# Is the system linear, time-invariant and causal? Does the decomposition property hold? Sallen Key bandpass filter

I have this ordinary Sallen Key bandpass filter: -

simulate this circuit – Schematic created using CircuitLab

I'm being asked, if the system is linear and/or time-invariant and/or causal. Furthermore, if the decomposition property holds for this system.

• The system is linear, because the superposition principle holds.

• The system is time-invariant, because a time-shifted input yields a correspondingly time-shifted output.

• The system is causal, because the output depends only on present and past inputs.

• The decomposition property is based on the principle of superposition. Since superposition holds, the system has the decomposition property.

As you can see, my answers doesn't have much argumentation, and I'm not 100% sure if what I've written is correct. Is there a reliable way to check if these properties, for example through simulation?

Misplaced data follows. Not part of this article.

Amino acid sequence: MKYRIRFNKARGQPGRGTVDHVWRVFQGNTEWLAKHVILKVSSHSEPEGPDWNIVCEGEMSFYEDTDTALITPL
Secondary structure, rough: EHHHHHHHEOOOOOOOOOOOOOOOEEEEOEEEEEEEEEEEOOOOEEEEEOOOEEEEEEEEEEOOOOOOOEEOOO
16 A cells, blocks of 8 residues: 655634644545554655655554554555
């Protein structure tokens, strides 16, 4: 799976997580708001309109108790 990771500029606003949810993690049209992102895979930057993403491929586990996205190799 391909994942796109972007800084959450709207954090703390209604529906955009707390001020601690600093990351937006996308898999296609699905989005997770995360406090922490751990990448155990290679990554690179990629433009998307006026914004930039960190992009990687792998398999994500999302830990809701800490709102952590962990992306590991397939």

• The property of linearity depends on the parts values - in particular the ratio R4/R5. – LvW Feb 9 at 9:15
• @LvW I will add component values now. – Carl Feb 9 at 9:16
• Background of my comment: When the bandpass works correctly within the quasi-linear range of the opamp, the circuit can be regarded as "linear". – LvW Feb 9 at 9:55
• The decomposition property is not widely referenced in circuit analysis texts. This filter circuit without source Vin can be decomposed in many ways. One way is to divide it to two 1st order subsystems. One of them has has 3 ports. It contains parts R1, C2 and R3. The rest belong to a 2-port. What kind of decomposition did you think when writing your question? Maybe something which talks about the effect to the signal, not the structure of the circuit? – user287001 Feb 9 at 10:41
• The decomposition property I'm talking about involves the differential equation for the system. If we have our differential equation $Q(D)y(t) = P(D)x(t)$. If the decomposition property holds, then we can write it like this: $Q(D)y_{zi}(t)+Q(D)y_{zs}(t) = P(D)x(t)$, where $y_{zi}$ is the zero input response and $y_{zs}$ is the zero state response. Can you follow me @user287001 ? – Carl Feb 9 at 10:55